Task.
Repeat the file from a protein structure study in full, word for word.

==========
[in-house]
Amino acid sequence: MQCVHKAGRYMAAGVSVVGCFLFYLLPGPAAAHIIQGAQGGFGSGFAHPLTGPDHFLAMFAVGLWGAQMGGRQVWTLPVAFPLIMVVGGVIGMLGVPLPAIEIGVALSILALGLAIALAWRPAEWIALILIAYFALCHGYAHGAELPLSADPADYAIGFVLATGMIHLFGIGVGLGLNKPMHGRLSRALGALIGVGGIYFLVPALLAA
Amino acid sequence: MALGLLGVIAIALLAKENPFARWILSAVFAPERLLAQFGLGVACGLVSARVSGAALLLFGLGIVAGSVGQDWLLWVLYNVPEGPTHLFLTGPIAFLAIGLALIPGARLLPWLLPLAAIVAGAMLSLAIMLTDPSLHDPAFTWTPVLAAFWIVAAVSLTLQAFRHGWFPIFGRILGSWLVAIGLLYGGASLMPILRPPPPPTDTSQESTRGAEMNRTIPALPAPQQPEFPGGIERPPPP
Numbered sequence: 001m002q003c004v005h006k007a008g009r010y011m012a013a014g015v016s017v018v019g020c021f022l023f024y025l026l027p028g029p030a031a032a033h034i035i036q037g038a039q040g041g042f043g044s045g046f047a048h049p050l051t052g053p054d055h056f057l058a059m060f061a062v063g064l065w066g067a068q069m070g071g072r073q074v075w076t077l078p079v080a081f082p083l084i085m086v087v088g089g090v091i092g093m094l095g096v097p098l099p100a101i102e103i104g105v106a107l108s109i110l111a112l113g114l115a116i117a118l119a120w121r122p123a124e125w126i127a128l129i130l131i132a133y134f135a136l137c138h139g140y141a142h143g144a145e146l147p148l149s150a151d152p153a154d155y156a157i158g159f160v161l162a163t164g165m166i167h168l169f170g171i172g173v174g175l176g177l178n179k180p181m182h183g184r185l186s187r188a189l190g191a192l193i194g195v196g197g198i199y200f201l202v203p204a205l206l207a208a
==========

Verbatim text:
[in-house]
Amino acid sequence: MQCVHKAGRYMAAGVSVVGCFLFYLLPGPAAAHIIQGAQGGFGSGFAHPLTGPDHFLAMFAVGLWGAQMGGRQVWTLPVAFPLIMVVGGVIGMLGVPLPAIEIGVALSILALGLAIALAWRPAEWIALILIAYFALCHGYAHGAELPLSADPADYAIGFVLATGMIHLFGIGVGLGLNKPMHGRLSRALGALIGVGGIYFLVPALLAA
Amino acid sequence: MALGLLGVIAIALLAKENPFARWILSAVFAPERLLAQFGLGVACGLVSARVSGAALLLFGLGIVAGSVGQDWLLWVLYNVPEGPTHLFLTGPIAFLAIGLALIPGARLLPWLLPLAAIVAGAMLSLAIMLTDPSLHDPAFTWTPVLAAFWIVAAVSLTLQAFRHGWFPIFGRILGSWLVAIGLLYGGASLMPILRPPPPPTDTSQESTRGAEMNRTIPALPAPQQPEFPGGIERPPPP
Numbered sequence: 001m002q003c004v005h006k007a008g009r010y011m012a013a014g015v016s017v018v019g020c021f022l023f024y025l026l027p028g029p030a031a032a033h034i035i036q037g038a039q040g041g042f043g044s045g046f047a048h049p050l051t052g053p054d055h056f057l058a059m060f061a062v063g064l065w066g067a068q069m070g071g072r073q074v075w076t077l078p079v080a081f082p083l084i085m086v087v088g089g090v091i092g093m094l095g096v097p098l099p100a101i102e103i104g105v106a107l108s109i110l111a112l113g114l115a116i117a118l119a120w121r122p123a124e125w126i127a128l129i130l131i132a133y134f135a136l137c138h139g140y141a142h143g144a145e146l147p148l149s150a151d152p153a154d155y156a157i158g159f160v161l162a163t164g165m166i167h168l169f170g171i172g173v174g175l176g177l178n179k180p181m182h183g184r185l186s187r188a189l190g191a192l193i194g195v196g197g198i199y200f201l202v203p204a205l206l207a208a